INDEPENDENCE will be back at the heart of this autumn’s SNP conference after it was controversially absent from the party’s main conference last year.

A resolution published in the draft agenda for the three-day event calls for the country to prepare for a second independence referendum if Scotland’s EU membership is not safeguarded in the UK’s Brexit negotiations.

It says: “Conference believes that every avenue must be explored to keep Scotland in the EU. If no viable solution to safeguard our membership as part of the UK exists, Scotland should prepare for a second independence referendum and seek to remain in Europe as an independent country.”

The resolution was put down by Toni Giugliano, of the party’s Edinburgh Western branch. It also welcomes the result that 62 per cent of voters in Scotland backed the remain case and expresses disappointment that the UK voted as a whole to leave.

It adds: “Conference believes that it would be democratically unacceptable if Scotland were to be dragged out of Europe against its will.

“Conference expresses its disappointment that the UK as a whole voted to leave the EU but reaffirms that the democratic will of the people of Scotland must be respected.”

In October last year, for the first time in the party’s history, the question of independence did not appear on the SNP’s conference agenda and many senior figures and activists expressed criticism of the decision following the election of 56 MPs in the General Election just months earlier.

This year’s decision by the party’s standing orders and agenda committee to include the resolution in the draft conference agenda, making it certain to be debated at the conference, was backed by candidates for SNP depute leadership.

Tommy Sheppard, the MP for Edinburgh East, said: “I think it’s very important that we debate the prospect of a second independence referendum and by October we may have a better picture of what options are available to keeping Scotland in Europe and whether the British government is prepared to consider them.”

MEP Alyn Smith said: “I welcome any opportunity to discuss independence. The SNP is absolutely all about independence and I look forward to the debate to see where the discussion takes us.”

Angus Robertson, the SNP Westminster leader, said: “It is only right that our democratic conference discusses building a new prospectus for independence, a vision for Scotland that would deliver our shared values to continue to build a better Scotland.

“Last week I said Scotland was on the brink of independence, and I truly believe that. There can be no doubt that Theresa May is the most right wing Prime Minister since Margaret Thatcher and the future looks bleak. With independence we can take that future into our own hands, and I look forward to reinvigorating that discussion at our conference.”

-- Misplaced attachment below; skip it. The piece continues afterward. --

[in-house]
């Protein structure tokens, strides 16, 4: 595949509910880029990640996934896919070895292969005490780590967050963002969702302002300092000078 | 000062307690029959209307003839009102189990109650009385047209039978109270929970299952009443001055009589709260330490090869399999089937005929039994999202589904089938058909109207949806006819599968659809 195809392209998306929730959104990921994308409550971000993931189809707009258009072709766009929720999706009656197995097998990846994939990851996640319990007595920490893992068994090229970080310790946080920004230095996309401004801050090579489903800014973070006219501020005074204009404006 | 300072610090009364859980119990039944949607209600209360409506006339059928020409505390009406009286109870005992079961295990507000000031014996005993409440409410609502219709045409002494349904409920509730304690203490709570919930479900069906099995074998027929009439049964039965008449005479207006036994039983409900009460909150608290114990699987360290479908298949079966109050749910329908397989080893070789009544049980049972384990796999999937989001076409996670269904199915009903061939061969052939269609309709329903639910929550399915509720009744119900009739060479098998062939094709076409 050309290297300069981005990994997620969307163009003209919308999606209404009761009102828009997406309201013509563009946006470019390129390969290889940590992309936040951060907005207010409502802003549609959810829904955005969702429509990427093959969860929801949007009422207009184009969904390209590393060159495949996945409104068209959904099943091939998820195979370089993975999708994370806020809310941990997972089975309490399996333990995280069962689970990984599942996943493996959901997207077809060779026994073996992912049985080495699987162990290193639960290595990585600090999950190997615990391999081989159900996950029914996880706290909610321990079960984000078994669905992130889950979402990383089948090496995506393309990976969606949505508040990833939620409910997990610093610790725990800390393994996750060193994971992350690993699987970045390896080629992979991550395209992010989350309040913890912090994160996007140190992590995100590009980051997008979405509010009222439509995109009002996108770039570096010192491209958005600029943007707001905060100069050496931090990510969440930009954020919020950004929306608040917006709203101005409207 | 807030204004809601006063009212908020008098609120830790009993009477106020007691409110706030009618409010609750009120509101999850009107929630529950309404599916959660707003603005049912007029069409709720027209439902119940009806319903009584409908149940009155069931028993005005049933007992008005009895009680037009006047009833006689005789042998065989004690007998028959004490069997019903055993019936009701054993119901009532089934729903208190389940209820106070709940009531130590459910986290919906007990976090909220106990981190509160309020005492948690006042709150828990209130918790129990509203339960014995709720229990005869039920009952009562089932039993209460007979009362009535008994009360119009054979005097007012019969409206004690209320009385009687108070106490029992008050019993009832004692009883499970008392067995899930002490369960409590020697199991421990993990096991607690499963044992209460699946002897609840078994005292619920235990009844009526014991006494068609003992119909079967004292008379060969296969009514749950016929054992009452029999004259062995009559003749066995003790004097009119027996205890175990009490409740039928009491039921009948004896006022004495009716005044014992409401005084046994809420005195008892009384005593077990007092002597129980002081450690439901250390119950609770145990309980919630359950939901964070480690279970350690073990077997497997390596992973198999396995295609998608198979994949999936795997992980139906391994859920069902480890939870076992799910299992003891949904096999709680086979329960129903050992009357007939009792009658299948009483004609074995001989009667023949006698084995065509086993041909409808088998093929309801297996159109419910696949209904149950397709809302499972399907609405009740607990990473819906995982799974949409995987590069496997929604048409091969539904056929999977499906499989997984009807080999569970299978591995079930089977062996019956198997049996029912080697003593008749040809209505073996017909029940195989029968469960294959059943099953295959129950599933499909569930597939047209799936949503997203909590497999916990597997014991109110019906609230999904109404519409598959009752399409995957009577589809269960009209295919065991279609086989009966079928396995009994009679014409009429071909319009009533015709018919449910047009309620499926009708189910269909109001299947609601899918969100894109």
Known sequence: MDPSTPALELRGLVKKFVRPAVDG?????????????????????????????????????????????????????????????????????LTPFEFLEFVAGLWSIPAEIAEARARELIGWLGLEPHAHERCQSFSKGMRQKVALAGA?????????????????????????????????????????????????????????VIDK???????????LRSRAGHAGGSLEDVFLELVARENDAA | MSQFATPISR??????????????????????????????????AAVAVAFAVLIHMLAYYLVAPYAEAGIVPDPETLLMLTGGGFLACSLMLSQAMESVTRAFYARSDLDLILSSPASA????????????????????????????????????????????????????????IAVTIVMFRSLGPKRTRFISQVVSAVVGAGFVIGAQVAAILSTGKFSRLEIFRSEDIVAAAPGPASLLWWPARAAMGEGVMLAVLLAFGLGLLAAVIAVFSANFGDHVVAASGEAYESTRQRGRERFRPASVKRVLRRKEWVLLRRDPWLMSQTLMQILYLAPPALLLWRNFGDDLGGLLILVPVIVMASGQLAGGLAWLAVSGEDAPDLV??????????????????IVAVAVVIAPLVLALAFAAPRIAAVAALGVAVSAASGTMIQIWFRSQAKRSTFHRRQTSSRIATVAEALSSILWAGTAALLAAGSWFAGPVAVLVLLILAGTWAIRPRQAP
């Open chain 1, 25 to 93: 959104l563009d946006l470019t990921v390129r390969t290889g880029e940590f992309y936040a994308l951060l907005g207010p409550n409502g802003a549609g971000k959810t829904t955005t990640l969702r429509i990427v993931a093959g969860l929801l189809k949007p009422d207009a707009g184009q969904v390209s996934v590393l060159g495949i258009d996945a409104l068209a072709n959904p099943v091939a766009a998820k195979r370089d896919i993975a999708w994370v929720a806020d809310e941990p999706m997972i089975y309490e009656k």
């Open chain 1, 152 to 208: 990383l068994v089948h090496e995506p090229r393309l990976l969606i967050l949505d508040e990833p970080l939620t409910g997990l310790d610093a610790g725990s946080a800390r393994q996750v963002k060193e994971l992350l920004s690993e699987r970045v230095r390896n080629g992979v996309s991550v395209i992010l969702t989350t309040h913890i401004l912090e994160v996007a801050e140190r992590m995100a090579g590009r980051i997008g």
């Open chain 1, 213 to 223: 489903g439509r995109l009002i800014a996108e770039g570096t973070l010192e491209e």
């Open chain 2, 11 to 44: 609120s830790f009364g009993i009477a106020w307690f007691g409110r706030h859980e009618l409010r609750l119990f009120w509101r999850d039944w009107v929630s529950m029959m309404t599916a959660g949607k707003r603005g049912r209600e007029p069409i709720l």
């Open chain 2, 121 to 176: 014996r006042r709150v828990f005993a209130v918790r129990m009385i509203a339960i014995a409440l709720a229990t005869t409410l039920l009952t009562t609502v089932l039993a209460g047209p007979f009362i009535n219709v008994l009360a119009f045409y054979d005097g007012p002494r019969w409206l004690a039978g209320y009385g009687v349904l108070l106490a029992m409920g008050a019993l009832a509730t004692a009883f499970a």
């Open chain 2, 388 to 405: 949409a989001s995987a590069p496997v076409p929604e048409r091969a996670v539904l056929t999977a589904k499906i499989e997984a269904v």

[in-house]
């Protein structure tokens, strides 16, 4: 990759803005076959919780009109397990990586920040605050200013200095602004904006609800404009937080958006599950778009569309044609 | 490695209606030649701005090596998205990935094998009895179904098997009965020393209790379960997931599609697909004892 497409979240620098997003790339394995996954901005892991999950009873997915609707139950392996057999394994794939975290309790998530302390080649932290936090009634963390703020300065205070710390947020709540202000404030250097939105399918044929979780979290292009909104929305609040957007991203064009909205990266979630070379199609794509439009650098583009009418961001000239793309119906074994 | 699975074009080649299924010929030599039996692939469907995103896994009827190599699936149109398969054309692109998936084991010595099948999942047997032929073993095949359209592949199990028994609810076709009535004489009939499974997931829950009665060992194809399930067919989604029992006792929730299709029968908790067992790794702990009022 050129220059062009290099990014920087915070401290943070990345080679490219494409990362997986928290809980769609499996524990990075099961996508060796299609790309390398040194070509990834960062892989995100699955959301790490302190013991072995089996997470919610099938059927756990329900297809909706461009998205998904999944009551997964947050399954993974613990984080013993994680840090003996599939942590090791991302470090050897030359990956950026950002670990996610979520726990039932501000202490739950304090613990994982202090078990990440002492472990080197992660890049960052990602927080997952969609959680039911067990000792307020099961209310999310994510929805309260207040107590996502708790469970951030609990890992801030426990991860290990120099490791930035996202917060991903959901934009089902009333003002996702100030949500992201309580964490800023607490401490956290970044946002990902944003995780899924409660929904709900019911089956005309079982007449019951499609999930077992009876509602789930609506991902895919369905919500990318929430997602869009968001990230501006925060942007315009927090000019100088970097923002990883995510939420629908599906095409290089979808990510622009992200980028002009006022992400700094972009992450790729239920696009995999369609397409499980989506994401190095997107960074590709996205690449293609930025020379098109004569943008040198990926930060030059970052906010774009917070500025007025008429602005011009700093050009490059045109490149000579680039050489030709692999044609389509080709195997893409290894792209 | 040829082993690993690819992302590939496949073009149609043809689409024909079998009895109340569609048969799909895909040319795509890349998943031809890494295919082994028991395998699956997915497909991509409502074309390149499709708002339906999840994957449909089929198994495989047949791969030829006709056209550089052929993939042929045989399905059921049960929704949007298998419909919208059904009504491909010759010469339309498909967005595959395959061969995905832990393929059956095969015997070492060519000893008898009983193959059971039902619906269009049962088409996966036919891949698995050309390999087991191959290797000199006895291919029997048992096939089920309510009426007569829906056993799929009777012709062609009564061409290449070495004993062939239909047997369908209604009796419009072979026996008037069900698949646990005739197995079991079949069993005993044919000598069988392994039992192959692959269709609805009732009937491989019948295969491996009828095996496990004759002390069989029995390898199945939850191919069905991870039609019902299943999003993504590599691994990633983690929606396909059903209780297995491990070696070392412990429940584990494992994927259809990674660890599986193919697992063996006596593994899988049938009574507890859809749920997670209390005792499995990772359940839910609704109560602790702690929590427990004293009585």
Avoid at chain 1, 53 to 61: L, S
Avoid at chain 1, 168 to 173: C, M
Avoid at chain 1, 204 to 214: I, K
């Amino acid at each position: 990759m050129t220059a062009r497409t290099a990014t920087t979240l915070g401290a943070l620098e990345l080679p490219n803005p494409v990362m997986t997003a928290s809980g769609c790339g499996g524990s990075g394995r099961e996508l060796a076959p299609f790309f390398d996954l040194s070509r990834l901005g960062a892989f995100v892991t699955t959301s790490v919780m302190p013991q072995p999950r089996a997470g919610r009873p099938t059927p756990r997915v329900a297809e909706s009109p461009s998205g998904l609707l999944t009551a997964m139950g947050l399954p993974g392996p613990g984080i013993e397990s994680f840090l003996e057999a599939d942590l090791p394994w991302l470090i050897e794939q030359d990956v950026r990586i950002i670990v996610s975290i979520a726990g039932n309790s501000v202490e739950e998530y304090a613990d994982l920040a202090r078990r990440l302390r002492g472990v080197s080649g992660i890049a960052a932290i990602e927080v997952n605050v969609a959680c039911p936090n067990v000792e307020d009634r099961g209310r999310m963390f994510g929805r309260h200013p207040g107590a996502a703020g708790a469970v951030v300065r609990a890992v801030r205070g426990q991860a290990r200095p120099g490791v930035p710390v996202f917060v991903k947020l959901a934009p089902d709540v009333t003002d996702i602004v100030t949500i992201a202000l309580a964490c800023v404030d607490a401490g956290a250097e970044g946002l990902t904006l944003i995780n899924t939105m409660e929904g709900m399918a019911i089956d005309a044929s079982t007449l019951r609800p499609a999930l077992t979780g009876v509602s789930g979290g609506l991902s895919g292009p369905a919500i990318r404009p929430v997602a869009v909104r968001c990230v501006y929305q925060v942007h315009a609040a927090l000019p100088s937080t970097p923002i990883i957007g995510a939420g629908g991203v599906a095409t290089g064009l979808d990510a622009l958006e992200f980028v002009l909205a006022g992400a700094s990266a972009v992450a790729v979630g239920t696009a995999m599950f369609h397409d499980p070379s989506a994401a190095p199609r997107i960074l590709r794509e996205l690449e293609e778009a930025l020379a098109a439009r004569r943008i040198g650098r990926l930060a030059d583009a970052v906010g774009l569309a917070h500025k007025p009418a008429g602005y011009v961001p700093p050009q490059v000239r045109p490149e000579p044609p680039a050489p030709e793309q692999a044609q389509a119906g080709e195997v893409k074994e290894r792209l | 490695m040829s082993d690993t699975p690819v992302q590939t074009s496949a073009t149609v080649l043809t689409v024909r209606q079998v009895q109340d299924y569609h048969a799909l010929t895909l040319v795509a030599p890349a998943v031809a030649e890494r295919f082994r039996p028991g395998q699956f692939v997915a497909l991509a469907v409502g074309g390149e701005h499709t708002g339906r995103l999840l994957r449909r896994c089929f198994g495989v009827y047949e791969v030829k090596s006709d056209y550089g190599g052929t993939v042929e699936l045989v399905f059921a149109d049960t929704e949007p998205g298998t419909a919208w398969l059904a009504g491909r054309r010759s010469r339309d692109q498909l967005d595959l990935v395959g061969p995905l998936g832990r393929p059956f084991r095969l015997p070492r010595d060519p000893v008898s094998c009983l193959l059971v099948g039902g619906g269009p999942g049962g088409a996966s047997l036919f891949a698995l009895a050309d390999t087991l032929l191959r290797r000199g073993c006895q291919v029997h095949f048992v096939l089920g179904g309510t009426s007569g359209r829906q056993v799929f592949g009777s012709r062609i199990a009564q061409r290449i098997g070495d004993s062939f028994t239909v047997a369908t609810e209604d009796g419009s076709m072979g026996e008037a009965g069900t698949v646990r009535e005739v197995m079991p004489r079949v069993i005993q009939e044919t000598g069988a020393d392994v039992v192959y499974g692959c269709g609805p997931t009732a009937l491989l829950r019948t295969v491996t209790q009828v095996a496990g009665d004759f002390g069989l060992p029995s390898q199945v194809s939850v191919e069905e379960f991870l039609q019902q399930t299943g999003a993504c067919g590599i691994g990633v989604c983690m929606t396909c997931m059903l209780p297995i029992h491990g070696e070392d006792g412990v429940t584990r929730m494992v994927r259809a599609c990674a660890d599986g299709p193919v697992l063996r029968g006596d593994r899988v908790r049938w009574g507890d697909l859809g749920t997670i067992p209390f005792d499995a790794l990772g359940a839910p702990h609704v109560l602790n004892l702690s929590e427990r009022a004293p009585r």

Following the referendum on June 23, the First Minister set up an advisory group on Scotland’s relationship with the EU, led by Professor Anton Muscatelli of Glasgow University.

She has stressed a second independence referendum is “most likely” following the EU result which showed significant support among Scots for remaining.

Earlier this week she said independence could offer Scotland the greatest economic stability as she set out five key demands which had to be safeguarded under Brexit negotiations.

She named these as Scotland’s democratic, economic and social protection interests as well as ensuring the country had political influence and that a sense of collective solidarity with other nations was safeguarded.

Giugliano told The National he hoped the resolution would get considerable support from delegates.

“What the First Minister is doing is absolutely crucial. She has to look at all possible ways of keeping Scotland in the EU, but my view is – if you look at the First Minister’s key asks in these negotiations, I don’t think the UK Government will be able to deliver on any of them.”

Amendments may be submitted to the resolution – possibly from the party’s Eurosceptics wing – which would be debated at the conference taking place in Glasgow from October 13 to 15.

George Kerevan, the SNP MP for East Lothian, last year called on party leaders to clarify the issue at the conference after the issue was not on the agenda, while Martyn Day, the SNP MP for Linlithgow and East Falkirk, said he wanted the party to be able to call a “snap referendum” in the next parliament if it needed to do so.